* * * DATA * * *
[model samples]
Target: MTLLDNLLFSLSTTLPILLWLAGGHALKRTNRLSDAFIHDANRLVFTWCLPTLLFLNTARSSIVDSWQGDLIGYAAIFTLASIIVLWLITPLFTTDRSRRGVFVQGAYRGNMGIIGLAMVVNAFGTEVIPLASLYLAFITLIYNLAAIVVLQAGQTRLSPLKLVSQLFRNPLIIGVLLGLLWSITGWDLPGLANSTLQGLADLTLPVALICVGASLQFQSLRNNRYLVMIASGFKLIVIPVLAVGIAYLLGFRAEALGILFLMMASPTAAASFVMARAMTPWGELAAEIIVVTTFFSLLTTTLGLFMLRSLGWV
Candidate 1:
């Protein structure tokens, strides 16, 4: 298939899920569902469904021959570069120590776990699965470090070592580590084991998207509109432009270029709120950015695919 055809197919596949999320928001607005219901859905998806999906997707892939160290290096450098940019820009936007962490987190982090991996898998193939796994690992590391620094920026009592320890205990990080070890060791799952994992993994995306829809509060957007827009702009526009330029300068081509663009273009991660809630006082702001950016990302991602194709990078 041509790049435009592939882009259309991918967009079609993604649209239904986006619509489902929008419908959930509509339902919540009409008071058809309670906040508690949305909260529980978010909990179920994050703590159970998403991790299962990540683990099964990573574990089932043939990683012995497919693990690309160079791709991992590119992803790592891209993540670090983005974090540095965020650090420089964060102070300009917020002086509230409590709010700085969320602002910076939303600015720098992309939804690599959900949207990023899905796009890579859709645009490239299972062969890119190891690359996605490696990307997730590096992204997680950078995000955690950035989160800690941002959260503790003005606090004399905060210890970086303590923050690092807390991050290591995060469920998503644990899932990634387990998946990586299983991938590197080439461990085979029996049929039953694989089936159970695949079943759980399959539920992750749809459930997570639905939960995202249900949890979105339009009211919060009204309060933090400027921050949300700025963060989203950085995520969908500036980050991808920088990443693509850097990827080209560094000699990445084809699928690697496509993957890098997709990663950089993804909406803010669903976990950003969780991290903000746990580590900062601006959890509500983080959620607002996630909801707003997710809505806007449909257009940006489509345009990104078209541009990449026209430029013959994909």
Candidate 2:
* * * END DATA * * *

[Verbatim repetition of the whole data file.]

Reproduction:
[model samples]
Target: MTLLDNLLFSLSTTLPILLWLAGGHALKRTNRLSDAFIHDANRLVFTWCLPTLLFLNTARSSIVDSWQGDLIGYAAIFTLASIIVLWLITPLFTTDRSRRGVFVQGAYRGNMGIIGLAMVVNAFGTEVIPLASLYLAFITLIYNLAAIVVLQAGQTRLSPLKLVSQLFRNPLIIGVLLGLLWSITGWDLPGLANSTLQGLADLTLPVALICVGASLQFQSLRNNRYLVMIASGFKLIVIPVLAVGIAYLLGFRAEALGILFLMMASPTAAASFVMARAMTPWGELAAEIIVVTTFFSLLTTTLGLFMLRSLGWV
Candidate 1:
């Protein structure tokens, strides 16, 4: 298939899920569902469904021959570069120590776990699965470090070592580590084991998207509109432009270029709120950015695919 055809197919596949999320928001607005219901859905998806999906997707892939160290290096450098940019820009936007962490987190982090991996898998193939796994690992590391620094920026009592320890205990990080070890060791799952994992993994995306829809509060957007827009702009526009330029300068081509663009273009991660809630006082702001950016990302991602194709990078 041509790049435009592939882009259309991918967009079609993604649209239904986006619509489902929008419908959930509509339902919540009409008071058809309670906040508690949305909260529980978010909990179920994050703590159970998403991790299962990540683990099964990573574990089932043939990683012995497919693990690309160079791709991992590119992803790592891209993540670090983005974090540095965020650090420089964060102070300009917020002086509230409590709010700085969320602002910076939303600015720098992309939804690599959900949207990023899905796009890579859709645009490239299972062969890119190891690359996605490696990307997730590096992204997680950078995000955690950035989160800690941002959260503790003005606090004399905060210890970086303590923050690092807390991050290591995060469920998503644990899932990634387990998946990586299983991938590197080439461990085979029996049929039953694989089936159970695949079943759980399959539920992750749809459930997570639905939960995202249900949890979105339009009211919060009204309060933090400027921050949300700025963060989203950085995520969908500036980050991808920088990443693509850097990827080209560094000699990445084809699928690697496509993957890098997709990663950089993804909406803010669903976990950003969780991290903000746990580590900062601006959890509500983080959620607002996630909801707003997710809505806007449909257009940006489509345009990104078209541009990449026209430029013959994909």
Candidate 2: